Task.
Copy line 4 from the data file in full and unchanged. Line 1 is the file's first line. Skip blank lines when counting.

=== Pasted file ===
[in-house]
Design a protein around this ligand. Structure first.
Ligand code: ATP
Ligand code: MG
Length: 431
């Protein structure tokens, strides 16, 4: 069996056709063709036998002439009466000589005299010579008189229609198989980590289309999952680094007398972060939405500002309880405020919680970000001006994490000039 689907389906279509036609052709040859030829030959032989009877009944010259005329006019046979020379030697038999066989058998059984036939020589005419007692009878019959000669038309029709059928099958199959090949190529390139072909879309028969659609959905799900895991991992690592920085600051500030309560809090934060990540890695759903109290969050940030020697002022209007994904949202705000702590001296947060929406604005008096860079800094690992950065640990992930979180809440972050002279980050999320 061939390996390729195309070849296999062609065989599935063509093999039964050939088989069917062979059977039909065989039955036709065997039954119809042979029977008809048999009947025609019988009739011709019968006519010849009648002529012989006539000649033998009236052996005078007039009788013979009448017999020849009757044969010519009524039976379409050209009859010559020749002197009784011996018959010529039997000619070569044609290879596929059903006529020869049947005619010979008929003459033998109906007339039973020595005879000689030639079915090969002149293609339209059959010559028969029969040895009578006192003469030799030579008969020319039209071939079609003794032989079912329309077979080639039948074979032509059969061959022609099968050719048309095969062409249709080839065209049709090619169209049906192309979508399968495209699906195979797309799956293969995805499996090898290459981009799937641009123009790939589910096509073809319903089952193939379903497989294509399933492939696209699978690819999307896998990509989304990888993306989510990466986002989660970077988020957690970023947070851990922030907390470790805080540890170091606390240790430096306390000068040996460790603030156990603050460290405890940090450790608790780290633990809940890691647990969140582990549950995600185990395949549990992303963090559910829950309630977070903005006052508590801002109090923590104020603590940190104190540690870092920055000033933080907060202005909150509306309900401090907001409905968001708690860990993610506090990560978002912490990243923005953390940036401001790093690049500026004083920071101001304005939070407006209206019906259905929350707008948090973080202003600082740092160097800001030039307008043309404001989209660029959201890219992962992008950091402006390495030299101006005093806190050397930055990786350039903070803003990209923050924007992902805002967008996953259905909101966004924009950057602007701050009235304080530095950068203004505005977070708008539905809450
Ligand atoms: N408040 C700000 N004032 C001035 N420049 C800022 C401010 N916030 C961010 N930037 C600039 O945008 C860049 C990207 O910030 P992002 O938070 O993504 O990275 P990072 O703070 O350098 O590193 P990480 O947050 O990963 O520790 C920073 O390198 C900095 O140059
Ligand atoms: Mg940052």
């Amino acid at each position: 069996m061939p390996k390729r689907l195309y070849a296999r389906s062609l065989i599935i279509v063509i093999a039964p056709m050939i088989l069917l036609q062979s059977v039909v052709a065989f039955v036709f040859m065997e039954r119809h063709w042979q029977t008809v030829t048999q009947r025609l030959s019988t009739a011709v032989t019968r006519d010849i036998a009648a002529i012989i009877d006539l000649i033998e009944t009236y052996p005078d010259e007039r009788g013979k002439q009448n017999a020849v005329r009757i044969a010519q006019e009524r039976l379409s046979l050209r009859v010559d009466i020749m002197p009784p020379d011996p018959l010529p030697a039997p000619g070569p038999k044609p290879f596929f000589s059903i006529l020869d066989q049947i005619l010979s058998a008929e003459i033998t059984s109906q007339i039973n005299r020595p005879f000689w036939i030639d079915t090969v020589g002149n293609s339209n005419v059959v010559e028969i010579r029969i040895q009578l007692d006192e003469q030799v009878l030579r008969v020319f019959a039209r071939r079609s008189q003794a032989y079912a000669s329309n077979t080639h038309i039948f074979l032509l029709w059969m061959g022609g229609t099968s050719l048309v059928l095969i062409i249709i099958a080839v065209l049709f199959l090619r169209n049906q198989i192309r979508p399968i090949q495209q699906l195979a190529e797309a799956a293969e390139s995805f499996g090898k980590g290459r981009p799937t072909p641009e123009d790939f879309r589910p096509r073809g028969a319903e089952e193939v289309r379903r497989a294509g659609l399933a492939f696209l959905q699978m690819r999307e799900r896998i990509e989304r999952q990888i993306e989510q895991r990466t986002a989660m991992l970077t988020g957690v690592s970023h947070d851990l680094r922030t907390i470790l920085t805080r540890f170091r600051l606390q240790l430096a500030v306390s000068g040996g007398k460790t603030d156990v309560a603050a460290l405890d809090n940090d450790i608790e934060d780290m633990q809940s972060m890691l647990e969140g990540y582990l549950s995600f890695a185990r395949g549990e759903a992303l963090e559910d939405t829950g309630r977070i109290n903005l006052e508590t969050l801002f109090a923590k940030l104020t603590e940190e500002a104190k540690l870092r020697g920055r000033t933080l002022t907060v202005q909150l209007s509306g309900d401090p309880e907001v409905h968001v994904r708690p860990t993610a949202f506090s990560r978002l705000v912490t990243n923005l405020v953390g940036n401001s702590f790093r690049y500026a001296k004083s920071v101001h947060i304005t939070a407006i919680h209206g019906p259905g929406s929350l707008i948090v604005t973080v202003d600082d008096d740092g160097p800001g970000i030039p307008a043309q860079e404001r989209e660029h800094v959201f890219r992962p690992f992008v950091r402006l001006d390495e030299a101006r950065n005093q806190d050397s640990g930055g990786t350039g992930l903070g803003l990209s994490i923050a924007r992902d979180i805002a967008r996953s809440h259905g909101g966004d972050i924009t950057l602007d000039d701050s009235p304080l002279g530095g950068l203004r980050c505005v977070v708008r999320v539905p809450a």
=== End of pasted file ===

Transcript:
Ligand code: MG